Your initial response to the first trailer for The Signal may be confusion; for all of the footage on display, and the copious amount of Laurence Fishburne dialogue, there's remarkably little in the clip that lets us connect the dots on the film's plot. After just a couple minutes' worth of material, we're still just as in the dark and hopelessly discombobulated as the film's hero, Nick Easton (The Giver's Brenton Thwaites), caught in between cryptic voice over inquiries and destructive imagery that calls movies like Akira to mind.
So, in other words, the tease is a great success, because in all likelihood, director William Eubank isn't cutting previews so that he can answer all of your questions about The Signal in advance of its release. The sign of a good trailer, after all, lies in its ability to pique the interest of its potential audience; for fans of mind-bending science fiction/horror hybrids, the above promo should do just that effortlessly.
Let's start with the basics and clear up one potential conflation here: no, Eubank's film isn't a follow-up to 2008's low-budget horror gem The Signal (at least not as far as we can tell based on first impressions). Instead, it's a story about college students (led by Thwaites, as well as No One Lives' Beau Knapp and Bates Motel's Olivia Cooke) whose passion for hacking takes them on a jaunt into the Nevada desert to find a fellow hacker named Nomad. The encounter leaves them terrified and ultimately unconscious; when they wake up, they're in captivity, with no idea what happened to them or why they're being detained at all.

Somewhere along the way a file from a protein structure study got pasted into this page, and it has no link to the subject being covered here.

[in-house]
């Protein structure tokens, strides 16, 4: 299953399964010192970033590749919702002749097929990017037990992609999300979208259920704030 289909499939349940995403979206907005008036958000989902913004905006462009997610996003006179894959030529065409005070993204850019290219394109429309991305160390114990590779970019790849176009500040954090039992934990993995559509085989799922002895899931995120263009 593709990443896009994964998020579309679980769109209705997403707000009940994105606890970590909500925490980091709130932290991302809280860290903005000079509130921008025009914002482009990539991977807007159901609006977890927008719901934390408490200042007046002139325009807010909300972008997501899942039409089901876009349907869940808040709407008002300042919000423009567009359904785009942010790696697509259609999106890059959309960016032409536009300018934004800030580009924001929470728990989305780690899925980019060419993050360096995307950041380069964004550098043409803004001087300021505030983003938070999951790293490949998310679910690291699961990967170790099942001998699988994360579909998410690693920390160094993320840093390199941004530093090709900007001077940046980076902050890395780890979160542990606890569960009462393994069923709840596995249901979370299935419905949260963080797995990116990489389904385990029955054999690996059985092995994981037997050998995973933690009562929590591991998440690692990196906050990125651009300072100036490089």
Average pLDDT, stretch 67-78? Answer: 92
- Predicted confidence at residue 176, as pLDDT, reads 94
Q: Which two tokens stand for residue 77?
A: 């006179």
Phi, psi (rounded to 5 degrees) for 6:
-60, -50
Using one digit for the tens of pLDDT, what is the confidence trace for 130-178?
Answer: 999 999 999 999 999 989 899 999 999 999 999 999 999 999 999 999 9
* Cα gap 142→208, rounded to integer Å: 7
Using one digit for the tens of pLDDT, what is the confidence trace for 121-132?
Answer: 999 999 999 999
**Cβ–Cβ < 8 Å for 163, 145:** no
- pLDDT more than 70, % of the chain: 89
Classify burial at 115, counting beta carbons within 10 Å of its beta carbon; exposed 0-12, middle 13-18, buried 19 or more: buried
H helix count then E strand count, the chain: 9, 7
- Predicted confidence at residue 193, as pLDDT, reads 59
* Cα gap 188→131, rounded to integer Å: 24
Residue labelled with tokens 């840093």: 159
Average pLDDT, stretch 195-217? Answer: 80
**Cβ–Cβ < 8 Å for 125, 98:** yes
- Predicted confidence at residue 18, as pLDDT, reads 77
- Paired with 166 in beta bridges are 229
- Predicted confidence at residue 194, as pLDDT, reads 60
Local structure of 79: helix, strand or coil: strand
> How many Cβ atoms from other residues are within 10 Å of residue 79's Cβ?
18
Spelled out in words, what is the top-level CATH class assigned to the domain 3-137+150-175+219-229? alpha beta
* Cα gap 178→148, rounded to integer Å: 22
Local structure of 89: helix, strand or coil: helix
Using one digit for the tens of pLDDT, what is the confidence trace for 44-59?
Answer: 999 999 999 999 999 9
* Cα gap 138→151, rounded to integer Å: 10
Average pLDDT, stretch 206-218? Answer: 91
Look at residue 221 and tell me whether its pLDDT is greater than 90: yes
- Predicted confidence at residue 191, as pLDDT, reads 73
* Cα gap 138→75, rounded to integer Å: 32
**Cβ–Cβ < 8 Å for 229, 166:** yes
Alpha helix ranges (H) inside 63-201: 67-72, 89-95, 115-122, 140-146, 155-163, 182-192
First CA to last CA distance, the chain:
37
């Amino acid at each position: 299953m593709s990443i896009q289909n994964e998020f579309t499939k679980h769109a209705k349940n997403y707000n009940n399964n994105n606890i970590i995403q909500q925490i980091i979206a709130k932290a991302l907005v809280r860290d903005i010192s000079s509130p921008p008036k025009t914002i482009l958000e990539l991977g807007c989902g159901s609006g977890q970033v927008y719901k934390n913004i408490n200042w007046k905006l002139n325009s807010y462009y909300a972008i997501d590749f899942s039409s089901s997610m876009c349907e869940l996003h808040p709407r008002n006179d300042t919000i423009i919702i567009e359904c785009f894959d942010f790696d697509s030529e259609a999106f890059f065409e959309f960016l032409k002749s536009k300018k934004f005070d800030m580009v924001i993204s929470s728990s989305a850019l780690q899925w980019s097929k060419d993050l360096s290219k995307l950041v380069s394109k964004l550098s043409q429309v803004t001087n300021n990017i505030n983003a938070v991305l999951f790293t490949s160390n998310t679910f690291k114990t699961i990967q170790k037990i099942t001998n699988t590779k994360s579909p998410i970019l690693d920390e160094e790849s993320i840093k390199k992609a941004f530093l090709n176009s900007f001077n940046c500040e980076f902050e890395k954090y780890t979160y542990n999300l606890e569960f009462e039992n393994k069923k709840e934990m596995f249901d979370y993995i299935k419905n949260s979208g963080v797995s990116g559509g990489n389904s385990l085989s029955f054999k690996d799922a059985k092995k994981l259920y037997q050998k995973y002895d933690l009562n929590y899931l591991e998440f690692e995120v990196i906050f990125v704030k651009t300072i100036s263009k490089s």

That still leaves a huge amount of narrative unaccounted for, though imaginative audiences may start to fill in the blanks on their own and speculate as to The Signal's true nature just based on the relentless weirdness seen in the trailer. One thing's for certain: whatever "the signal" actually is, and whatever has happened to Nick and his friends, he certainly looks agitated by the time this elusive bit of marketing ends.
Eubank, a career cinematographer and director of photography, waded into the waters of directing his own features back in 2011 with Love, a space drama movie (and a distant cousin to classics like 2011: A Space Odyssey, Solaris, and Moon) that's elliptical in its own ways; The Signal appears to build off of his penchant for mystery, while echoing the fluid look and feel of trippy, cerebral arthouse films like last year's Upstream Color.
And if the new trailer isn't enough, take another gander at this pixelated poster featuring Fishburne's masked mug:
Combine the visual identity of The Signal with all of the cool, near-apocalyptic stuff seen in the trailer, and you've got a movie that's well worth getting excited about. Whether Nick really is an alien, or something more after his run-in with Nomad, is something that remains to be seen when the film opens this summer, but you should keep your ears peeled for The Signal until then.
The Signal opens in US theaters on June 13th, 2014.